New forecast system to boost efficiency and reduce costs of solar energy

Researchers at the University of Sheffield have developed a forecasting system designed to boost energy generation from solar systems, which could boost the efficiency of the electricity system and help companies and households reduce costs.

The new forecasting tool is designed for electricity grid operators and energy generators and traders, and provides them with solar generation forecasts up to 72 hours in advance.

The tool has been created by Sheffield Solar, based in the Department of Physics at the University of Sheffield, to mitigate disruption placed onto grid networks by the growing prominence of intermittent solar systems.

The Government has been told to “act urgently” to deliver a more flexible power system to avoid “spiralling” costs from the integration of renewables. The fact that electricity generated by solar outstripped Britain’s ageing coal power stations for six months for the first time in 2016 adds to the necessity to account for differing levels of supply.

Solar impacts the balance of supply as it cannot be directly controlled. National Grid is calling on industrial, commercial and public-sector sites to participate in its Demand Turn-Up (DTU) service, which pays firms to increase energy demand at times when the country’s wind and solar resources are producing more energy than the system can cope with.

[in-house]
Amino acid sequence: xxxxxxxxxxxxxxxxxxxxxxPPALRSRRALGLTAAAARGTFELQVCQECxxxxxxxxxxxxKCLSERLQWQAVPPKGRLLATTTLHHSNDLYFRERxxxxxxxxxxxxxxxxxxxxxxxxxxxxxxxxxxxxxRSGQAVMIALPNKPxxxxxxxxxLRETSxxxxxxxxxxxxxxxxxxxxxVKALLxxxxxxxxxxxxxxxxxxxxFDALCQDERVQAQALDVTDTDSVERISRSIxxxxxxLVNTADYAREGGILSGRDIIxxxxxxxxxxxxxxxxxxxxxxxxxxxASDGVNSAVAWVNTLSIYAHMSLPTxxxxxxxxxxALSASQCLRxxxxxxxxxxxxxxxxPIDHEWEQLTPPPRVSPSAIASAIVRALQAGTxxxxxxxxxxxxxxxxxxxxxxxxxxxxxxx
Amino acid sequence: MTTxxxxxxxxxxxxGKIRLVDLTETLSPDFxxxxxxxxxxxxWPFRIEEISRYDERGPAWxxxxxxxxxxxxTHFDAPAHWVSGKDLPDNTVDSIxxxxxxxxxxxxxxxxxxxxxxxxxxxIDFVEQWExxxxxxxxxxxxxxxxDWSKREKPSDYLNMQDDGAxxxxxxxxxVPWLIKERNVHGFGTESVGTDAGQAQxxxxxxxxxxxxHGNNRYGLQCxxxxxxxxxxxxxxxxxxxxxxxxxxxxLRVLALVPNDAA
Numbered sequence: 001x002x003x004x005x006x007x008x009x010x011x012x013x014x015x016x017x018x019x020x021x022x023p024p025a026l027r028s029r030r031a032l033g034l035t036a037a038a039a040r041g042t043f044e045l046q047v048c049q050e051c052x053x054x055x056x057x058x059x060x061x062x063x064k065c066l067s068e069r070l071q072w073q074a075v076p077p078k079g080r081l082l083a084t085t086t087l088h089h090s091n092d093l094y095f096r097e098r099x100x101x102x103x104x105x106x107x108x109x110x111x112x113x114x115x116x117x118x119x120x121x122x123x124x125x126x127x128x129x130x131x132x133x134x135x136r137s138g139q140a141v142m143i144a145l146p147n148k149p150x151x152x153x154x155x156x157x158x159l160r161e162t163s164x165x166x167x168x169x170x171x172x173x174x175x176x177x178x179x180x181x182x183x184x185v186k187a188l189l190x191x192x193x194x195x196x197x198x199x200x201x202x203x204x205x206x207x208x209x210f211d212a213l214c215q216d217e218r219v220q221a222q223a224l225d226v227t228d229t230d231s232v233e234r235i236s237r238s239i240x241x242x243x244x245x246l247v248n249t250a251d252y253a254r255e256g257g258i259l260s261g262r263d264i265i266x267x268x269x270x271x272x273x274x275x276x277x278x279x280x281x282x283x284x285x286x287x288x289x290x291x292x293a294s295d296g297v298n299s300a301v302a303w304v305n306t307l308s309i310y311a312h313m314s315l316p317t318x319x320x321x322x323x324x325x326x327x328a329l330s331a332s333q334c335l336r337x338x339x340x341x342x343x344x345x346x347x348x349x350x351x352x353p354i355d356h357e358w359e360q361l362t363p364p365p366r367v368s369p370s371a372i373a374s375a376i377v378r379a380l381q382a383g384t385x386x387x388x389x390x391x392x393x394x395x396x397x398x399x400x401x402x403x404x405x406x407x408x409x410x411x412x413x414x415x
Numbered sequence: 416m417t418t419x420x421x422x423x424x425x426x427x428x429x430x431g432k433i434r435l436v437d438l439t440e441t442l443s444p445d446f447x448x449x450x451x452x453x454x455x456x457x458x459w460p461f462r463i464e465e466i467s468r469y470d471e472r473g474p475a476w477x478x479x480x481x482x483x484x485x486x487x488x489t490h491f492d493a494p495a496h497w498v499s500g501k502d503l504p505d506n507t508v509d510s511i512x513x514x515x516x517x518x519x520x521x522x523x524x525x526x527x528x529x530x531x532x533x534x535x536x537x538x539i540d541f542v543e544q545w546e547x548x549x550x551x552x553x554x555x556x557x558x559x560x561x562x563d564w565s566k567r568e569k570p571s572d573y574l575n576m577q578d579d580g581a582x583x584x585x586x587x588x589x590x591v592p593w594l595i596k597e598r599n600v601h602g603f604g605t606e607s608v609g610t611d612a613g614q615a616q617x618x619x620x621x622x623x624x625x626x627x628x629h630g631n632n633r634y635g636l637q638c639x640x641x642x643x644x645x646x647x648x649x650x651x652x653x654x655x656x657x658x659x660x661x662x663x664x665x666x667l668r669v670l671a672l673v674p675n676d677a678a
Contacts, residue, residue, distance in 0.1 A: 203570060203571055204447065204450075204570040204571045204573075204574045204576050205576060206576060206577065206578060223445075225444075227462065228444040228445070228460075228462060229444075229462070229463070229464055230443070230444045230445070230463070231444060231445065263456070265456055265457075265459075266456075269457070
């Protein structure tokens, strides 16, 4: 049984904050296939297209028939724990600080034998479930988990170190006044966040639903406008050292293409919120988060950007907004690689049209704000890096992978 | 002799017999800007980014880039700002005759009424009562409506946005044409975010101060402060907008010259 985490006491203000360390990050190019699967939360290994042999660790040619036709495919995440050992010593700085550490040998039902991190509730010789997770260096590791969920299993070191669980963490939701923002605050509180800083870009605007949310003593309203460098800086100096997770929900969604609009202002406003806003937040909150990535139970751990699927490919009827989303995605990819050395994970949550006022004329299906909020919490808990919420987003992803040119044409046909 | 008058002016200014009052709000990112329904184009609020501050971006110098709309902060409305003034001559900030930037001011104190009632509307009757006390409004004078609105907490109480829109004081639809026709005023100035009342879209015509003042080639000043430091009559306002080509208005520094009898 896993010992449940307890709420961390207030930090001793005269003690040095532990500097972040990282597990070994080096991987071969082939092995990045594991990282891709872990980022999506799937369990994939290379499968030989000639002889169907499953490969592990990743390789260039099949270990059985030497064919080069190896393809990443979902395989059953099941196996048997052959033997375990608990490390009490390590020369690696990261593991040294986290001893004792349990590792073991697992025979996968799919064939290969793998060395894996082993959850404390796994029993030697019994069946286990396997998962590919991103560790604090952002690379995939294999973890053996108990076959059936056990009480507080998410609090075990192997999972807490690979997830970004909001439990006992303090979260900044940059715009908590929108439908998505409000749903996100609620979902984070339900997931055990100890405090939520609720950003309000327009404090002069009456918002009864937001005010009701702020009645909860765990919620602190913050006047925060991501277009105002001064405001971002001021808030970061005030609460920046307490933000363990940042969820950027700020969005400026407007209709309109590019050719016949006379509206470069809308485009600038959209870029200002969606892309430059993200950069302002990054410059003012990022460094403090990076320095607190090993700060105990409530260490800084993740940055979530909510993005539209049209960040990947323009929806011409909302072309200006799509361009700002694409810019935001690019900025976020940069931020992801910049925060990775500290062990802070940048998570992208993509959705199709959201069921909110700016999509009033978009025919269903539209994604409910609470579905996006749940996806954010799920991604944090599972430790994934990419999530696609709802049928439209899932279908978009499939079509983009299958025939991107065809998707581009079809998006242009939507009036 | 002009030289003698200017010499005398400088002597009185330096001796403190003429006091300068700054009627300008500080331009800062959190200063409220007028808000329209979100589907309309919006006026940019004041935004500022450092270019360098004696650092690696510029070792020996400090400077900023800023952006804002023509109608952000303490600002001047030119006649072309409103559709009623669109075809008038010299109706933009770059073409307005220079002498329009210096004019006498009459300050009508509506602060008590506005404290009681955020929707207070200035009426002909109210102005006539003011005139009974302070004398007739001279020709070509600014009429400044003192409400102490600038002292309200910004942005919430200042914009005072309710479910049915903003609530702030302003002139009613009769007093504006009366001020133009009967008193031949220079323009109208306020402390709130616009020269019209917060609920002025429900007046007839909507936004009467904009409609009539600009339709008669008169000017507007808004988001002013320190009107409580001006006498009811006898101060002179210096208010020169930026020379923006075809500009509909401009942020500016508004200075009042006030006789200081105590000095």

In fact, Sheffield Solar worked with the National Grid for two years to develop real-time generation estimates from solar photovoltaic systems in the UK, which has been used in the National Grid’s control room to balance supply and demand of new energy sources.

Planning ahead

Currently, uncertainty in forecasting solar increases the reliance for standby generators to provide additional reserve capacity, which adds a cost to managing the grid. If accurate forecasts can be issued ahead of time, the National grid and bill payers can cut these costs by reducing the amount of reserve from the generators.

The new service allows energy managers to plan ahead in deciding which generators are required throughout the day. The tool combines weather forecast data and data from live systems to forecast over a three-day period.

The tool is currently being trialled on the Solar Sheffield website, with automatic updates refreshed every 300 seconds. The group hopes to provide regional forecasts before establishing forecasts for individual systems across the UK.

While the forecasting system is in its infancy, businesses and energy generators can turn to storage to overcome intermittent generation. Earlier this month, the Government revealed that householders installing a storage system to integrate with a newly-purchased solar systems have will receive a reduced VAT of 5%.

Matt Mace

Action inspires action. Stay ahead of the curve with sustainability and energy newsletters from edie